loaded and executed, how is this fundamentally different from a plugin
    for a special purpose "image processing operating system" like
    photoshop?

    There has to be a dividing line somewhere... published API's or
    something. But couldn't a plugin interface be published? It seems to
    get down to a semantic argument over what is operation system vs
    application, compared to what is application vs plugin...
     
  15. Joel Kolstad

    Joel Kolstad Guest

    Having to define this dividing line is one of the reasons many companies are
    leery of using GPLd software!

    One easy to define dividing line would be whether or not the code of the GPLd
    software runs in the same process space as that of the caller -- this way it's
    OK for a proprietary Windows manager to invoke the GPLd code, and for
    something like Photoshop you could cleanly setup up something like a mail slot
    RPC interface between the two, although any form of 'direct call' interface
    wouldn't cut it.

    Photoshop most likely uses a COM interface to its plug-ins... anyone know for
    sure? Depending on how the threading model of the COM component is set-up,
    though, the plug-in may run in or out of process which makes this all kinda
    murky...
     
  16. Ian Bell

    Ian Bell Guest

    Wrong again. This is exactly the same as Open Office reading a text file and
    there is no requirement to make your text file open source.

    Ian
     
  17. Guest

    Ian, have you read through the GPL license? A document is not
    'executing code'. GPL only covers executable code. The definition of
    'linking' loosely tranlated is calling a function in a library/file.
    Parsing a file is not covered. That's why it's OK to develop non-GPL
    scripts that runs on GPL'd intrepreters.

    Also, GPL allows using non-GPL plugin/library/dll in GPL'd code, not
    the other way around. So your example should be reading a GPL'd
    document in Microsoft Word.

    But as Joel Kolstad replied earlier, even this is already dealt with by
    the GPL license. It's allowed to use a GPL *code* (not just a document
    or script) with a non-GPL application as long as they both don't run in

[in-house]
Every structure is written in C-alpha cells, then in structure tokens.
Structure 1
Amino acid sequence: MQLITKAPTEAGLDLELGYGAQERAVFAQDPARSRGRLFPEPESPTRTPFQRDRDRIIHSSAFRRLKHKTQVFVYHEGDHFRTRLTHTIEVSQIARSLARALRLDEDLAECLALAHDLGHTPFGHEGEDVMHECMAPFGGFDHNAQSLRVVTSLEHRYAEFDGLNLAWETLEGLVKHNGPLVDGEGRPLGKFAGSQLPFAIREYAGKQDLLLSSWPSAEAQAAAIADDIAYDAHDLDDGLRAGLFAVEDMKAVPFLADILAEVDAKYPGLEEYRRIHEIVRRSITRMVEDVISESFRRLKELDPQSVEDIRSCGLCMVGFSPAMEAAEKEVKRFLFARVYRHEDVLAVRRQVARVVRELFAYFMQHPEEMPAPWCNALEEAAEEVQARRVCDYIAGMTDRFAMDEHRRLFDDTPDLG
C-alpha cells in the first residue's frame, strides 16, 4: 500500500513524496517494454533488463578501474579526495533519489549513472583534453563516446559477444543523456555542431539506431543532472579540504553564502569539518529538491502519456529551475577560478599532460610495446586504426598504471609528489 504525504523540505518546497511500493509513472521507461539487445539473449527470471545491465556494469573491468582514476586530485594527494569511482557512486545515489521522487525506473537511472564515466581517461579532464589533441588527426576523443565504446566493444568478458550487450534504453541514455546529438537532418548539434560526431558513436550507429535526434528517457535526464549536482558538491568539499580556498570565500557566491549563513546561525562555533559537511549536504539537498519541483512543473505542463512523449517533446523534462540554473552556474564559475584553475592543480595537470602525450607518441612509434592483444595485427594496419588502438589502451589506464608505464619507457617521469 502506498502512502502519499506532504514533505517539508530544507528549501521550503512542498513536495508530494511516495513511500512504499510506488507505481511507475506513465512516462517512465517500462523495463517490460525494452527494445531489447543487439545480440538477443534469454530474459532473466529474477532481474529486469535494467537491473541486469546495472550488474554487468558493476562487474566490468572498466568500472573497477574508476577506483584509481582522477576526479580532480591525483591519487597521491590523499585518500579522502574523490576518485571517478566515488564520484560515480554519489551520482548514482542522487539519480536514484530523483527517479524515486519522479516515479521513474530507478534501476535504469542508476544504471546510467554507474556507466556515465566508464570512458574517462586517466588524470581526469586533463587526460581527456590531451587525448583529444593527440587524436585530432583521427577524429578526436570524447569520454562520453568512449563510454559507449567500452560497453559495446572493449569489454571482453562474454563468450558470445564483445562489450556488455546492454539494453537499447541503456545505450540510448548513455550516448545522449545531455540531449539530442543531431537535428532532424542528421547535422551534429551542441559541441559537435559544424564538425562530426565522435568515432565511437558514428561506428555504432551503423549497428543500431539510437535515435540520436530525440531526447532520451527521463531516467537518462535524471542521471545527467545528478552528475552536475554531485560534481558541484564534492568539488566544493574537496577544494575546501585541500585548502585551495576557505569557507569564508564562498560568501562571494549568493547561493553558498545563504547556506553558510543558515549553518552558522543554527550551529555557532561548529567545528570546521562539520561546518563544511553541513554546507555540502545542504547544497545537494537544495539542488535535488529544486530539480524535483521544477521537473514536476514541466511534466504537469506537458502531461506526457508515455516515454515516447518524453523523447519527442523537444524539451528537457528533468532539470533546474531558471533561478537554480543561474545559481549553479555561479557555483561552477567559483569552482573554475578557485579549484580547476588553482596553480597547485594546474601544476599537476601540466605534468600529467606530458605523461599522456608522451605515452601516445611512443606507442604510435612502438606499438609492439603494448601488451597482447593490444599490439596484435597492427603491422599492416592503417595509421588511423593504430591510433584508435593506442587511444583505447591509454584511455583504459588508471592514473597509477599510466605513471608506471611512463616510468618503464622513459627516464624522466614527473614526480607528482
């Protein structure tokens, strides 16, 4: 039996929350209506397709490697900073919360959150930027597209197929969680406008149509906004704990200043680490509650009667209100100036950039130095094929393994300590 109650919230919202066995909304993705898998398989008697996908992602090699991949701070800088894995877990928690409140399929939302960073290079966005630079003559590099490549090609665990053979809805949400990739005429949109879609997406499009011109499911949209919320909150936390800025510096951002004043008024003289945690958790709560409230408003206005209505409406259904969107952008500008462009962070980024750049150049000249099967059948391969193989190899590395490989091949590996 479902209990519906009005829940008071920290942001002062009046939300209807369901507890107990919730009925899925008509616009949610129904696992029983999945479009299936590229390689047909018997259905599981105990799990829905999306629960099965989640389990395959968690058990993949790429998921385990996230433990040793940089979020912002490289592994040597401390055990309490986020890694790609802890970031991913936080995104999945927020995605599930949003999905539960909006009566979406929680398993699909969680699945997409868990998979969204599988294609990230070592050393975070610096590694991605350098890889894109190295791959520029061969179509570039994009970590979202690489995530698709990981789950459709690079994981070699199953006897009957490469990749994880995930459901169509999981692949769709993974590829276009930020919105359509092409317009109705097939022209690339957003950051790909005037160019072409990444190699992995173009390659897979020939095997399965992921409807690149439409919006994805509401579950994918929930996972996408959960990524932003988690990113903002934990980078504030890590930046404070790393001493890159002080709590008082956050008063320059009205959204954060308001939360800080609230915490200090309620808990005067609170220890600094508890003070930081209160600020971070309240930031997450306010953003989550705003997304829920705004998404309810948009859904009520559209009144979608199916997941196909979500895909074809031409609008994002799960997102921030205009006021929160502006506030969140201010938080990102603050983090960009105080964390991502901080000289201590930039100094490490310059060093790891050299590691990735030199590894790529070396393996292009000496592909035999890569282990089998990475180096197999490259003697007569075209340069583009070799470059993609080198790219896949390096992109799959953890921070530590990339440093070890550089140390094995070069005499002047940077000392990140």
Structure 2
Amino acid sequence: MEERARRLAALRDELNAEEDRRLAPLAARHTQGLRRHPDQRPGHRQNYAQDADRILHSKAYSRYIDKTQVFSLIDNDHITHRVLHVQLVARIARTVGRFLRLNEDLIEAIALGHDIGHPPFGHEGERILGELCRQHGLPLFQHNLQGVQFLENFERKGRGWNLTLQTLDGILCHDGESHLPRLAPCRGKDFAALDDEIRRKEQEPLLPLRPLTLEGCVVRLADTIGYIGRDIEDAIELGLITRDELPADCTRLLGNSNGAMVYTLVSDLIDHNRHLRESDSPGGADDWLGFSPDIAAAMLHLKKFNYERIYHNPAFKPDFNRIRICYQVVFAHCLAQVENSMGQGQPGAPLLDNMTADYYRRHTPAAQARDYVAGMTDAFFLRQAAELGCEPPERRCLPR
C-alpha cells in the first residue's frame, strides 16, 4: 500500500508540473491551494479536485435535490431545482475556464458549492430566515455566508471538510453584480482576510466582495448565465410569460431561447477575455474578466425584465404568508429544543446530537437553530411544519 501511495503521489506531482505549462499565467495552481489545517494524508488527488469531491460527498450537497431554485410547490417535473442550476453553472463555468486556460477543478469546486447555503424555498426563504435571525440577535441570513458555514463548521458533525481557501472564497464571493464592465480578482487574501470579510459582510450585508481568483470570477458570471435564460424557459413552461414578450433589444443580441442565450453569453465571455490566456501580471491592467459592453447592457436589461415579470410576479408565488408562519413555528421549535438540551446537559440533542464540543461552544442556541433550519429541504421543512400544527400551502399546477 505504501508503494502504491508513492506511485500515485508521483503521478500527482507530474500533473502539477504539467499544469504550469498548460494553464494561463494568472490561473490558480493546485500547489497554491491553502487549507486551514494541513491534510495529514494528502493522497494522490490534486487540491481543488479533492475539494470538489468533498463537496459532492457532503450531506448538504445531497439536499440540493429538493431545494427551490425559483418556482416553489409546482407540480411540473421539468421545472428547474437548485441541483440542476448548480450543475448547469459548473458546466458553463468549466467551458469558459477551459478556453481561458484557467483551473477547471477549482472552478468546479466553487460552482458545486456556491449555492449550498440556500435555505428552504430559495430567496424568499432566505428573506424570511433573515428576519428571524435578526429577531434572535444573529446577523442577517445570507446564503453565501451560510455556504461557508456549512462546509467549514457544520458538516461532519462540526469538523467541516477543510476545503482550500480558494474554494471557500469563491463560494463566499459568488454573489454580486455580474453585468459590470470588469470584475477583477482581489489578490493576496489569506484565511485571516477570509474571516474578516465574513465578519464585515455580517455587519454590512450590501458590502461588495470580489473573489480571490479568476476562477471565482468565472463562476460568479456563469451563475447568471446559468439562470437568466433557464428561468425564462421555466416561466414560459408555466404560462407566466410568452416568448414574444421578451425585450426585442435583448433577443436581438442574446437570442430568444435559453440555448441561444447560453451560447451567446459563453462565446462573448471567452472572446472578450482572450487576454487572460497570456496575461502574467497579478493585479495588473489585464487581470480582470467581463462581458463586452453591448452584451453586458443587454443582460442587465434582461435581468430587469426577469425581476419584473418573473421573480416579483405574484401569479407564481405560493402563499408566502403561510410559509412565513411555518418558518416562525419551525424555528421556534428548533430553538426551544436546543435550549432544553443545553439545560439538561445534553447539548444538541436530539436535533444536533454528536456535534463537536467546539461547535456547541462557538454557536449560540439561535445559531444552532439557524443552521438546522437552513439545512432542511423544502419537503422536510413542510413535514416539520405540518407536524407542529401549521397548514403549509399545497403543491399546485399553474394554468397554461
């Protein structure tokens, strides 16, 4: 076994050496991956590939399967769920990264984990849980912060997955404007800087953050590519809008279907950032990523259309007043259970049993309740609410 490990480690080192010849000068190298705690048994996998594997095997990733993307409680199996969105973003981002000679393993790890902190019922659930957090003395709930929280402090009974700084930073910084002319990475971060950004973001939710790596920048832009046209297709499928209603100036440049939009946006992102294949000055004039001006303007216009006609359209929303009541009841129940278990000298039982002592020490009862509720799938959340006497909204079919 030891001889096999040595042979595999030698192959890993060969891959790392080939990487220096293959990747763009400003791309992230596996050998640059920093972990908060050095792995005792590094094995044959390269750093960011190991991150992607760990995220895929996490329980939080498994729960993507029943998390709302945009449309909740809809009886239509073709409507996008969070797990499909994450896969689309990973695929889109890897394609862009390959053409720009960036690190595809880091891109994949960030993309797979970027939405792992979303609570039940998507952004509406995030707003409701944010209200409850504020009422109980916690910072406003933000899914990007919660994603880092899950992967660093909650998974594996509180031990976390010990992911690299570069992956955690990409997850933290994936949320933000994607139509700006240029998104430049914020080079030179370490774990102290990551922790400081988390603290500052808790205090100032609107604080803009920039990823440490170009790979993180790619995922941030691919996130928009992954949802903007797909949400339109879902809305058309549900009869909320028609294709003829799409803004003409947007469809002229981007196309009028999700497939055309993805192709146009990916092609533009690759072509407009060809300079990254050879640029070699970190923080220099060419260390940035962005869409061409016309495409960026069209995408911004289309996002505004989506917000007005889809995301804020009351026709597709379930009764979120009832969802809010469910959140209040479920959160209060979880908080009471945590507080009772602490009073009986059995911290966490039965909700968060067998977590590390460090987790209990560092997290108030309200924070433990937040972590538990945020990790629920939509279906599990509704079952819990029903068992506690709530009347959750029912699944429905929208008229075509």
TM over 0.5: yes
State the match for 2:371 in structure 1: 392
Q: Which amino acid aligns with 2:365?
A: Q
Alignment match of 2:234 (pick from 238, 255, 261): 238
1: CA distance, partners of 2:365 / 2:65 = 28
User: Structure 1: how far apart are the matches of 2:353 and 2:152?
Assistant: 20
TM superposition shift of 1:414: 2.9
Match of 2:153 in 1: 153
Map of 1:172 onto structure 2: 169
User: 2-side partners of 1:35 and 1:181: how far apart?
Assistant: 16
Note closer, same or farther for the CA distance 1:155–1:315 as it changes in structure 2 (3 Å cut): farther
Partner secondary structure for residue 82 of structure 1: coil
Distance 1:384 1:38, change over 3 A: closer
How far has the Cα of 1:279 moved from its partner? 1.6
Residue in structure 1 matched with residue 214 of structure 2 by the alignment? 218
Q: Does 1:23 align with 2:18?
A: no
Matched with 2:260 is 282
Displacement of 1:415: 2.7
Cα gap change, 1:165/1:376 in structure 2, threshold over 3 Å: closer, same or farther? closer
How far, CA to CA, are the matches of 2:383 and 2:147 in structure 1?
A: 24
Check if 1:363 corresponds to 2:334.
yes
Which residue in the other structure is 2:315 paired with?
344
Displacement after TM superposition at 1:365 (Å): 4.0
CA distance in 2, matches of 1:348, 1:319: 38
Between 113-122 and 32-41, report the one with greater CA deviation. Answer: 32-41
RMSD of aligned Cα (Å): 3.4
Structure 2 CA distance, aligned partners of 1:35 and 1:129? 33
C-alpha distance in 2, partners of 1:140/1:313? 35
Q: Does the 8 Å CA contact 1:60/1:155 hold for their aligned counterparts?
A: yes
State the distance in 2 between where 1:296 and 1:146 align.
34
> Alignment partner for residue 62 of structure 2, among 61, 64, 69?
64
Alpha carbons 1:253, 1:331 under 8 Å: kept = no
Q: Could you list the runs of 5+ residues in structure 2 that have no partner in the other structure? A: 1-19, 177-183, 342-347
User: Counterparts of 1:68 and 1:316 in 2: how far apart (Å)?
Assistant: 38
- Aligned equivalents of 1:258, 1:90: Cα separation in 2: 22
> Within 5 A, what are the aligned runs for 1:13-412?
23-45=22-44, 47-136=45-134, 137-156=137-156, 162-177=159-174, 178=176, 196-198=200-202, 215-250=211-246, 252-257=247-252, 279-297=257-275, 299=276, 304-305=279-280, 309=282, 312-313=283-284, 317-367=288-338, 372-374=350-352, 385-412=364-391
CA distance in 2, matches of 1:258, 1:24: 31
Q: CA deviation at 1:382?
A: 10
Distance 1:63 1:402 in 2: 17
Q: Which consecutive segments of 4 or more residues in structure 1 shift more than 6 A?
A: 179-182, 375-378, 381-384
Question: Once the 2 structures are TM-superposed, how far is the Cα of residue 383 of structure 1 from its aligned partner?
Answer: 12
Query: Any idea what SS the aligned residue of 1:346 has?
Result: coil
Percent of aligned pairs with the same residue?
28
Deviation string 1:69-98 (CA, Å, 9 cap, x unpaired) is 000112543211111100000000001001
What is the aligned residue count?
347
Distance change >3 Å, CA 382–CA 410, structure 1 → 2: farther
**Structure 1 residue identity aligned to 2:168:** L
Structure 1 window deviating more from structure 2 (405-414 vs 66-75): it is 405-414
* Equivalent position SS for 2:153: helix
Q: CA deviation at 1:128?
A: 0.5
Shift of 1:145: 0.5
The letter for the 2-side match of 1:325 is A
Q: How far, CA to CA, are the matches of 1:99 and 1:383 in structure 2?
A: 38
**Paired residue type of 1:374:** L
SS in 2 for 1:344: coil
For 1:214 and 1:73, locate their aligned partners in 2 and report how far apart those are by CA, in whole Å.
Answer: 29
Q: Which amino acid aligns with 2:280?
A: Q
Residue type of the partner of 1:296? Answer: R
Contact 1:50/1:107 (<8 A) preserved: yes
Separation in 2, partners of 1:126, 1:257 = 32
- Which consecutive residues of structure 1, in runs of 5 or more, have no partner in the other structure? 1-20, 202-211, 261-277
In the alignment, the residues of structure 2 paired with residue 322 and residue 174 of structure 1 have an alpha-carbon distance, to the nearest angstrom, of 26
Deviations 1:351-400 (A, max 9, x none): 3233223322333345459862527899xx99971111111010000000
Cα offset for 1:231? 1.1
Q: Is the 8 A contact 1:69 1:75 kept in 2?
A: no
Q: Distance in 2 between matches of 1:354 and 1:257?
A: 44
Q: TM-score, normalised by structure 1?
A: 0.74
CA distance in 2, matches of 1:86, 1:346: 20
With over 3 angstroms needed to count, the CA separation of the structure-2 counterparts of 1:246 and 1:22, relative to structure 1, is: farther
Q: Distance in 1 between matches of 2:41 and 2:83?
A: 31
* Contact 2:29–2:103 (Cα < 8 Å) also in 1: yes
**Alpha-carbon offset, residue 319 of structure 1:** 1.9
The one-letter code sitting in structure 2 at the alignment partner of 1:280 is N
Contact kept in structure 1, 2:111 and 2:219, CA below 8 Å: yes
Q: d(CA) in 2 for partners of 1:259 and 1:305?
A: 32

the same process space. For example it's OK to use a GPL database with
    your code as long as they communicate via pipes, TCP etc.

    These are not my definitions but GPL's.

    Again, my point is if you want to develop a dll/plugin for a commercial
    application you should be using LGPL.
     
  18. Ian Bell

    Ian Bell Guest

    Do you understand the difference between loading and linking?

    Ian
     
  19. Guest

    How would you classify dynamic linking?

    Or going the other way, what about registering a callback function to
    respond to events from the host application, window manager, or OS ?
     
  20. Guest

    As an engineer, yes. A plugin is not simply loaded in the same manner
    as a document. A document is simply parsed - no subroutine call is made
    into code in the document. By subroutine call the GPL recognises only
    machine language calling, not interpreting scripts. Simple loading of
    an image into does not 'link' into that image. However, when the image
    them gets 'executed' by the CPU, it must be done somehow by a
    subroutine call even if it is indirectly by function pointers. The GPL
    classifies this as linking, in this case dynamic linking. A plugin is
    simply a library/dll that the programs first checks if it exists before
    linking. Unlike hardcoded libraries the program still works even if the
    plugin doesn't exist. The program doesn't even need to know in advance
    the names of the plugin since it knows where all plugins are located
    and simply scan through the directory.

    This situation is just a bit more complicated if we are talking about
    intrepreted languages. But that's another story..

    Note that if you read GPL carefully there is a workaround for people
    like me who still want to use GPL'd code in a commercial product
    without making my own code GPL. Simply write another simple wrapper
    application which acts as a 'server' of the GPL functions. This simple
    application can harmlessly be GPL'd since it doesn't contain any
    business logic. Then connect the two via external means: pipes, TCP/IP,
    RPC, mailboxes, etc.. On a good operating system with very fast
    messaging such as QNX, this is almost as good as calling the function
    directly.